Jun 10

CLAIR’s JET Streams Newsletter 06.07.13


Please find below a link to the online version of the JET Streams newsletter. JET Streams is distributed to all JET alumni who request it and have registered an email address with CLAIR.


Jun 4

JETAANC Pacific Bridge: Alumni Spotlight with Xander Peterson

Spotlight on:  Xander Peterson (Miyazaki, 2009-12) JET Program Coordinator for San Francisco. Xander became the new coordinator earlier this year.

Why did you apply for the position?Xander2

I applied for the position because I truly believe in the purpose of JET, and I want to see the program flourish. The cultural exchange and friendships that I built with my students and community changed my life and hopefully influenced theirs, too. I knew that it wasn’t just me who felt this way; nearly everyone who goes on JET is profoundly impacted in some manner.

Did you ever see yourself becoming the Program Coordinator during JET/JET application process?

When I first applied to JET, I didn’t see myself as becoming the Program Coordinator. However, after my first year as an ALT, I was in love with the program and began to think of ways that I could support not just the JETs in my area but all JETs across Japan and the program as a whole. At the end of my final year in Japan, I applied to CLAIR but to no avail. A couple of months after I returned to Santa Cruz, the position of JET Program Coordinator (for Northern California / Nevada) opened up. I applied and got the job.

How do you see yourself working with JETAANC?

I see myself as the liaison between the Consulate and JETAANC. I’d like to do whatever I can to build a strong working relationship between the two. One area that I think we can work on is connecting our local JET alums with the local Sister City Associations. Local Sister City Associations are a great place for alumni to share their Japan experiences and adventures with American students who are interested in learning more about Japanese language and culture.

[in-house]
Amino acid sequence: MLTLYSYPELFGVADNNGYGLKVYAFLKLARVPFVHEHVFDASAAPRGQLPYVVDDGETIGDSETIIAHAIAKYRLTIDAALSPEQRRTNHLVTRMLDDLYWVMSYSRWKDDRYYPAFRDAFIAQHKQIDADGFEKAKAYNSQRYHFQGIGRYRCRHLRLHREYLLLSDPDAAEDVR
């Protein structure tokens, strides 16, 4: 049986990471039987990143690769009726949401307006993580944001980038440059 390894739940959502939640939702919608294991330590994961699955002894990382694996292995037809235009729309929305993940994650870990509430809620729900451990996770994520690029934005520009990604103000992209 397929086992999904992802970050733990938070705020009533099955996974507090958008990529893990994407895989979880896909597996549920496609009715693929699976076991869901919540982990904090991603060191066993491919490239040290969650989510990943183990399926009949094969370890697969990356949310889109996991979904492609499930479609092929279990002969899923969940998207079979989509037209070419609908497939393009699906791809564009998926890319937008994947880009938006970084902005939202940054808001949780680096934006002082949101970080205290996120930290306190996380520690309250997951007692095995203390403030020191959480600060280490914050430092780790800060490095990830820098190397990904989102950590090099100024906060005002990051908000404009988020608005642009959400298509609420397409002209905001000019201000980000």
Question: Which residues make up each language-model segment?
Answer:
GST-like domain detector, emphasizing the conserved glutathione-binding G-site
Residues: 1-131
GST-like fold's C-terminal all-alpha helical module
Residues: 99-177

Read More

May 28


Via the Japan Center for International Exchange’s Facebook page.  A nice post about the work that Jim Gannon (Ehime-ken, 1992-94), Executive Director of the Japan Center for International Exchange (JCIE/USA), has been doing in Tohoku on behalf of his organization.  Jim is also a member of JETAA USA’s Board of Advisors and the JETAA USA Disaster Relief Fund Committee:

JCIE/USA’s Jim Gannon was in Tohoku last week, where he met with grantee AidTAKATA, an NGO that operates Radio FM Rikuzentakata to bring local news, music, and informational programs to people living in this hard-hit area. The station is the only source of local information for many residents in temporary housing, and it is working to strengthen community ties.